Growing up, I knew my father had gone to war when he was 19 years old. I knew that he was an Air Force pilot and that he’d been stationed in the China, India, Burma theater. But, that’s all I knew, because he didn’t talk about it. Once, I heard him talking with a friend about how they were glad they’d had daughters so they would never have to go to war. Something about that overheard conversation coupled with my father’s silence on the subject of war stuck with me. Early on, I decided that I didn’t want anything to do with war.
During the Viet Nam war, my boyfriend, a musician, got drafted. We’d done everything possible to get him out and spent endless nights pacing and crying and feeling helpless as we watched the coffins coming home on the nightly news. On the day of his induction physical, we had all but given up hope. He reported, took the physical, saw the psychiatrist and finally, they told him to shower and change. He was in the Army. He got into the shower and started to cry. When he got out of the shower he sat, naked, on a bench in the locker room, sobbing. Someone of rank found him there, grabbed him by his long curly locks which had yet to be shorn, and took him back to the psychiatrist. He was deemed psychologically unfit for war. He got out. My girlfriend’s fiancé came home in a coffin. Later, I moved to Canada and worked with groups bringing AWOL soldiers across the border. I heard their stories and saw the impact of war on young men who were being called cowards by their country. They became my heroes.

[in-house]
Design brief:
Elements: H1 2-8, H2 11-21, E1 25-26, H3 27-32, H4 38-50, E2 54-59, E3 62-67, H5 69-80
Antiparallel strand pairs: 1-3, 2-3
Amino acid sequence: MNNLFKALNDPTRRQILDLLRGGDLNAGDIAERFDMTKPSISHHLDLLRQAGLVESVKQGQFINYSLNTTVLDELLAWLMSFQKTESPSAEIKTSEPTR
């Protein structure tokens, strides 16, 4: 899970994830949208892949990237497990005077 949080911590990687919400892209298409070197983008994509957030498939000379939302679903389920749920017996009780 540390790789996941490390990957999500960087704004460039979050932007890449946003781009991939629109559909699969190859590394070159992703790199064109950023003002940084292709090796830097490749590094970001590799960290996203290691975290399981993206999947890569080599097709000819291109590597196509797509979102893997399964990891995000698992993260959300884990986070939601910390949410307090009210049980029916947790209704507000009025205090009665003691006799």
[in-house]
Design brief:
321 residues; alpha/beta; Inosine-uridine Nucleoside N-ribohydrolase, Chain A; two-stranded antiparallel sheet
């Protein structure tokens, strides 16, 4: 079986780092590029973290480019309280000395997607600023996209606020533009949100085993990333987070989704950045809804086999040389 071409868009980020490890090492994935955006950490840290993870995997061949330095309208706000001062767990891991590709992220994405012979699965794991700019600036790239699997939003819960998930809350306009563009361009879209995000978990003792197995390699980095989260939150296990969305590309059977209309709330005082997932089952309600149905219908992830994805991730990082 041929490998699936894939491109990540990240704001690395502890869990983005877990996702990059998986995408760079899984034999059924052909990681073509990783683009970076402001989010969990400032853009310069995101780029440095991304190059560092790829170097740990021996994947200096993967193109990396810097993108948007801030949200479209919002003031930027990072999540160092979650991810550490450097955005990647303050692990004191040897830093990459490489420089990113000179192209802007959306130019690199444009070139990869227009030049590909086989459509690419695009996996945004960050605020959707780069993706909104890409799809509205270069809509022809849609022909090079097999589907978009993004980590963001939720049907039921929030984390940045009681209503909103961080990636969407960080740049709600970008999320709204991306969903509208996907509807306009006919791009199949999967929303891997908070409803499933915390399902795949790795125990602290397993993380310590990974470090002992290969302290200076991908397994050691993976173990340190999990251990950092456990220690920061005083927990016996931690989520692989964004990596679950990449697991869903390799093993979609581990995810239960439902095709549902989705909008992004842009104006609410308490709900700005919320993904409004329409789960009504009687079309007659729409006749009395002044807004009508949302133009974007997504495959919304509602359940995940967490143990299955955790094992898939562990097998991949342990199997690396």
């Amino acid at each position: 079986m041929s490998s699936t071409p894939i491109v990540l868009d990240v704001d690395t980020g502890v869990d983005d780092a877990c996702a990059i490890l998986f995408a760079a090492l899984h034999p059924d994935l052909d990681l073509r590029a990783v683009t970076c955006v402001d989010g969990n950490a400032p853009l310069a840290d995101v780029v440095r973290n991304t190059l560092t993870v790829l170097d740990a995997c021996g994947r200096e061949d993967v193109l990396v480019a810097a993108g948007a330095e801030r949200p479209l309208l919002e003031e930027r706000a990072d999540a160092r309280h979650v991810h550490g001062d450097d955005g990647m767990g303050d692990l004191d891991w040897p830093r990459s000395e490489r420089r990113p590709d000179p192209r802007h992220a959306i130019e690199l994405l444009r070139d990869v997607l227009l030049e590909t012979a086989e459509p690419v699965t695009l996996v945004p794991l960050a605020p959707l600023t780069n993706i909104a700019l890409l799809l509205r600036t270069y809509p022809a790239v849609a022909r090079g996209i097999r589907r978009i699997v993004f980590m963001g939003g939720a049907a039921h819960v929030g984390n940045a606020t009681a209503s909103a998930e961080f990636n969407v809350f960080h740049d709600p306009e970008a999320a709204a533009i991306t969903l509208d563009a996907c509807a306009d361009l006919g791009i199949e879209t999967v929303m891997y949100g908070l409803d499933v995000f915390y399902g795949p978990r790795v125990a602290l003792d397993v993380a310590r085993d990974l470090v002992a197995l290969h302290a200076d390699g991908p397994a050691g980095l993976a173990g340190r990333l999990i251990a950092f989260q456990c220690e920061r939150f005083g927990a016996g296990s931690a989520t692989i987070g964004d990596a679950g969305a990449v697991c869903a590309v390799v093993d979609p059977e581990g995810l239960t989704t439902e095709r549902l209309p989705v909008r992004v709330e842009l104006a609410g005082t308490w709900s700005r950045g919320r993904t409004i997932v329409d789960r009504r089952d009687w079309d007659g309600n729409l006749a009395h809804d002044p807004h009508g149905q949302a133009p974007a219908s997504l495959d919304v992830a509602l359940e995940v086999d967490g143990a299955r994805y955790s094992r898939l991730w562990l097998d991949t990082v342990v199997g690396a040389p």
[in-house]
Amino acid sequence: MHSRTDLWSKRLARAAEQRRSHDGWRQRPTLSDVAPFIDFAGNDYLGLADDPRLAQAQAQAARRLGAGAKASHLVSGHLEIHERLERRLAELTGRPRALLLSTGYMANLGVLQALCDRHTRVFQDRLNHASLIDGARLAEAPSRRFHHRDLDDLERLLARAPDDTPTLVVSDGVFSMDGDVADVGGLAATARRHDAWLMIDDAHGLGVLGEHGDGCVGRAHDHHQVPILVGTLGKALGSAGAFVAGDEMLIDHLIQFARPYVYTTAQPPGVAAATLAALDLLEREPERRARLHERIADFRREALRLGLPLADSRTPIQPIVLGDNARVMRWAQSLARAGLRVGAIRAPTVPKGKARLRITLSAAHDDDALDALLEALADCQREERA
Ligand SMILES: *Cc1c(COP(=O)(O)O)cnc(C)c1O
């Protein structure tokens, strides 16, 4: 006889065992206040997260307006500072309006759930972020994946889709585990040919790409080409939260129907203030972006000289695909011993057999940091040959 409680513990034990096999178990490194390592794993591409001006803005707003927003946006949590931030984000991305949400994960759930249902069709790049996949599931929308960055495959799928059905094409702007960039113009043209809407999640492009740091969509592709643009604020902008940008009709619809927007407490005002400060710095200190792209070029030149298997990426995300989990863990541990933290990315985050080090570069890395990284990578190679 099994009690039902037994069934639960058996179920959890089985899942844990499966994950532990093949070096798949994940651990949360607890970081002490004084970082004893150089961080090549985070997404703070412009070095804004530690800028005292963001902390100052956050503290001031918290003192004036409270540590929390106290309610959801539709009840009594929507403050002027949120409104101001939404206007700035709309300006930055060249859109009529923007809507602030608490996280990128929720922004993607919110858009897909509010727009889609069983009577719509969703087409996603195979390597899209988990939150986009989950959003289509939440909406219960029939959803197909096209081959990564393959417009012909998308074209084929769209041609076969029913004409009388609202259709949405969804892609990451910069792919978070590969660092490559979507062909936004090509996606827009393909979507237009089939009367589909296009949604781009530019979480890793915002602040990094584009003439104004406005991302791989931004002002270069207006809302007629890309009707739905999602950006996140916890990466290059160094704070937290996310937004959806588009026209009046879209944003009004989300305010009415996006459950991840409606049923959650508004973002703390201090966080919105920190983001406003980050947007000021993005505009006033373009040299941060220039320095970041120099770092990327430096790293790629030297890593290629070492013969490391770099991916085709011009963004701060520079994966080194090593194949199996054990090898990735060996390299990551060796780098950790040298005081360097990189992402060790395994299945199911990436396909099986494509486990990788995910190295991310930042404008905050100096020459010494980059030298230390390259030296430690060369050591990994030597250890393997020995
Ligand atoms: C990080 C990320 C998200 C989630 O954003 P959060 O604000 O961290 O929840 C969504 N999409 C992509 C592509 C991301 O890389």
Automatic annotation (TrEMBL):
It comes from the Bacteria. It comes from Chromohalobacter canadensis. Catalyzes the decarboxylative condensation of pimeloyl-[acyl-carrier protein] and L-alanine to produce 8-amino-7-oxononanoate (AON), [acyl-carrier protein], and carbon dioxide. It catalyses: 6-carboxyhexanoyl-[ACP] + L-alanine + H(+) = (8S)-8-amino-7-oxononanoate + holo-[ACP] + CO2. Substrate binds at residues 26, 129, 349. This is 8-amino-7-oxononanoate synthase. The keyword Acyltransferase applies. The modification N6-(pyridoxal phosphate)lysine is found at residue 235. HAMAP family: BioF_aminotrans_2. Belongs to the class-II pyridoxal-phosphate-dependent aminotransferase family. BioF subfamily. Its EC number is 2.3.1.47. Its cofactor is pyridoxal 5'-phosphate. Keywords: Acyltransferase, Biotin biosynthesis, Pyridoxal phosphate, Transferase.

When my daughter was born, I remember thinking, “Thank God. She’ll never have to go to war.” Now, I have twin grandsons, and as I watch the expansion of wars fought for profit and expansionist policies, I am more committed than ever to fighting for an end to all war.
I will be there on October 7 for my grandsons and in honor of my father whose silence told me more about war than all the history books.
Dr. Margaret Flowers:
Sunday, October 7, I will be there at the Vietnam Veterans Memorial in New York City. As a member of Veterans Peace Team, I will stand in solidarity with all who have experienced war and are left to suffer the permanent scars of it. As a physician, I will stand in memory of all who were killed in war or who later committed suicide in order to stop the nightmares of war. And as a mother of two young men, I will stand in hope that together human beings will recognize that we are all one and will stop sending one people to kill another people. I will also be there to make a statement against the restriction of public space and the slow erosion of our civil rights and privatization of public institutions. I will be there to contribute what I can to create a world of peace, justice and shared community.
Endless wars to expand the American empire and provide transnational corporations with cheap resources and cheap labor while hollowing out the economy at home are a disaster for the nation and the Earth. The most powerful military in the world needs to be shrunk down to size rather than continue to suck up resources needed to re-start the economy, hire more teachers and pay them adequately, rebuild the nation’s infrastructure, put in place a new energy economy; and on the world stage to end poverty, provide needed drugs to the ill and educate the world. It is time to put an end to war and work diplomatically and cooperatively with the world community.
The October 7 protest stands as a symbol of shrinking public space that undermines our right to assemble to redress grievances and to free speech that is critical of the government. Arbitrary limits on access to public war memorials is especially offensive to those who suffer war’s wounds. And to have these capricious limits enforced by the militarized NYPD, which has routinely violated the right to protest–at a time when there is plenty to protest–is a slap in the face to all Americans. On October 7 will the militarized NYPD attack veterans or will they recognize we are on the right side of history, the right side of the Constitution and join us in protesting the destruction of the ideals America strives for?